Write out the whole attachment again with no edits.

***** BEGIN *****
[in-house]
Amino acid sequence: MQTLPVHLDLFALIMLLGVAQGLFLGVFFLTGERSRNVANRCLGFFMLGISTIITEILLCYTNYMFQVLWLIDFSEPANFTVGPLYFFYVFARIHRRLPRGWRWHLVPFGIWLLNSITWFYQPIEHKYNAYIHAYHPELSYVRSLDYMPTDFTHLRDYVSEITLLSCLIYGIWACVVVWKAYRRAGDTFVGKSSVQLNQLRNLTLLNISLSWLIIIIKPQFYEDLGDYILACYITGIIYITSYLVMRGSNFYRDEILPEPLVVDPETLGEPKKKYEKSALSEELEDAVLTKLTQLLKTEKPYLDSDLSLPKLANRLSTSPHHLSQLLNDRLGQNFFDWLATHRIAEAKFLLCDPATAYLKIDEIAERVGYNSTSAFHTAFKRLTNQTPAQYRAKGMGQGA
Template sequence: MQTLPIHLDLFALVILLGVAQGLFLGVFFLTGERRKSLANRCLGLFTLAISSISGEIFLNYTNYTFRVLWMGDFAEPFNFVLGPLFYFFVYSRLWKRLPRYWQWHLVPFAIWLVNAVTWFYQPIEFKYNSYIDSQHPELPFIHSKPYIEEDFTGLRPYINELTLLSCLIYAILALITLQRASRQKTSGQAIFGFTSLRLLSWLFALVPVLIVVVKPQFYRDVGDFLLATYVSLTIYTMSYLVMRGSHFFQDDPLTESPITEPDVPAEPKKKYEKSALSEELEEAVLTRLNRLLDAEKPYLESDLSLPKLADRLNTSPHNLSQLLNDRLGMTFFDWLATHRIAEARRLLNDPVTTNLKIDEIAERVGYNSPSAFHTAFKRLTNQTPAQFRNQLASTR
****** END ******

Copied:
[in-house]
Amino acid sequence: MQTLPVHLDLFALIMLLGVAQGLFLGVFFLTGERSRNVANRCLGFFMLGISTIITEILLCYTNYMFQVLWLIDFSEPANFTVGPLYFFYVFARIHRRLPRGWRWHLVPFGIWLLNSITWFYQPIEHKYNAYIHAYHPELSYVRSLDYMPTDFTHLRDYVSEITLLSCLIYGIWACVVVWKAYRRAGDTFVGKSSVQLNQLRNLTLLNISLSWLIIIIKPQFYEDLGDYILACYITGIIYITSYLVMRGSNFYRDEILPEPLVVDPETLGEPKKKYEKSALSEELEDAVLTKLTQLLKTEKPYLDSDLSLPKLANRLSTSPHHLSQLLNDRLGQNFFDWLATHRIAEAKFLLCDPATAYLKIDEIAERVGYNSTSAFHTAFKRLTNQTPAQYRAKGMGQGA
Template sequence: MQTLPIHLDLFALVILLGVAQGLFLGVFFLTGERRKSLANRCLGLFTLAISSISGEIFLNYTNYTFRVLWMGDFAEPFNFVLGPLFYFFVYSRLWKRLPRYWQWHLVPFAIWLVNAVTWFYQPIEFKYNSYIDSQHPELPFIHSKPYIEEDFTGLRPYINELTLLSCLIYAILALITLQRASRQKTSGQAIFGFTSLRLLSWLFALVPVLIVVVKPQFYRDVGDFLLATYVSLTIYTMSYLVMRGSHFFQDDPLTESPITEPDVPAEPKKKYEKSALSEELEEAVLTRLNRLLDAEKPYLESDLSLPKLADRLNTSPHNLSQLLNDRLGMTFFDWLATHRIAEARRLLNDPVTTNLKIDEIAERVGYNSPSAFHTAFKRLTNQTPAQFRNQLASTR